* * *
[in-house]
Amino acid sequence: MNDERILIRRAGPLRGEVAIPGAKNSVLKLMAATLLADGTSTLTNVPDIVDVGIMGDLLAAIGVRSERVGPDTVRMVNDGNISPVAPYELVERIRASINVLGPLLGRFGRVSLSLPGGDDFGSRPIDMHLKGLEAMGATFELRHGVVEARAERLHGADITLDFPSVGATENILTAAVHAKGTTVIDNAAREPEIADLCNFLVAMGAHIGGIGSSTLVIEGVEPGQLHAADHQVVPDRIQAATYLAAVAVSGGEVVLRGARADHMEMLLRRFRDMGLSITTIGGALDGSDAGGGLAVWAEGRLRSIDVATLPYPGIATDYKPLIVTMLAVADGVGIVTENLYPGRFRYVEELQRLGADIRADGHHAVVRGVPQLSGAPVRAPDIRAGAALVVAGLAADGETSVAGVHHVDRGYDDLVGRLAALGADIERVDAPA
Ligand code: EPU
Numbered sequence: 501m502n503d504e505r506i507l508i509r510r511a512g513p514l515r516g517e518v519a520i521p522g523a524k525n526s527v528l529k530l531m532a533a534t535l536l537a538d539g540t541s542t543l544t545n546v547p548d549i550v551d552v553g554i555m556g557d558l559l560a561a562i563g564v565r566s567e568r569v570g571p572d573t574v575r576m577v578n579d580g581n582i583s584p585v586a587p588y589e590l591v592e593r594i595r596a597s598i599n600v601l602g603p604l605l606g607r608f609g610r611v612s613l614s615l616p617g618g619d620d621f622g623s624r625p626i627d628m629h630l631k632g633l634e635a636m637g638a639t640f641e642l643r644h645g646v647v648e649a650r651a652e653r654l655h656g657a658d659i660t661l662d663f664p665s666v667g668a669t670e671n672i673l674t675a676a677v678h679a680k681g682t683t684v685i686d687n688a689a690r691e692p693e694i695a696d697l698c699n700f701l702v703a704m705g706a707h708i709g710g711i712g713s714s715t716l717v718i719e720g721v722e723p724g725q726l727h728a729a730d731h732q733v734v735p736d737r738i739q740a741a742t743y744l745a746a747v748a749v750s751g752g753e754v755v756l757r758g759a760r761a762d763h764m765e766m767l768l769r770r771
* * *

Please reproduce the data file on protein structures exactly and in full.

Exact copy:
[in-house]
Amino acid sequence: MNDERILIRRAGPLRGEVAIPGAKNSVLKLMAATLLADGTSTLTNVPDIVDVGIMGDLLAAIGVRSERVGPDTVRMVNDGNISPVAPYELVERIRASINVLGPLLGRFGRVSLSLPGGDDFGSRPIDMHLKGLEAMGATFELRHGVVEARAERLHGADITLDFPSVGATENILTAAVHAKGTTVIDNAAREPEIADLCNFLVAMGAHIGGIGSSTLVIEGVEPGQLHAADHQVVPDRIQAATYLAAVAVSGGEVVLRGARADHMEMLLRRFRDMGLSITTIGGALDGSDAGGGLAVWAEGRLRSIDVATLPYPGIATDYKPLIVTMLAVADGVGIVTENLYPGRFRYVEELQRLGADIRADGHHAVVRGVPQLSGAPVRAPDIRAGAALVVAGLAADGETSVAGVHHVDRGYDDLVGRLAALGADIERVDAPA
Ligand code: EPU
Numbered sequence: 501m502n503d504e505r506i507l508i509r510r511a512g513p514l515r516g517e518v519a520i521p522g523a524k525n526s527v528l529k530l531m532a533a534t535l536l537a538d539g540t541s542t543l544t545n546v547p548d549i550v551d552v553g554i555m556g557d558l559l560a561a562i563g564v565r566s567e568r569v570g571p572d573t574v575r576m577v578n579d580g581n582i583s584p585v586a587p588y589e590l591v592e593r594i595r596a597s598i599n600v601l602g603p604l605l606g607r608f609g610r611v612s613l614s615l616p617g618g619d620d621f622g623s624r625p626i627d628m629h630l631k632g633l634e635a636m637g638a639t640f641e642l643r644h645g646v647v648e649a650r651a652e653r654l655h656g657a658d659i660t661l662d663f664p665s666v667g668a669t670e671n672i673l674t675a676a677v678h679a680k681g682t683t684v685i686d687n688a689a690r691e692p693e694i695a696d697l698c699n700f701l702v703a704m705g706a707h708i709g710g711i712g713s714s715t716l717v718i719e720g721v722e723p724g725q726l727h728a729a730d731h732q733v734v735p736d737r738i739q740a741a742t743y744l745a746a747v748a749v750s751g752g753e754v755v756l757r758g759a760r761a762d763h764m765e766m767l768l769r770r771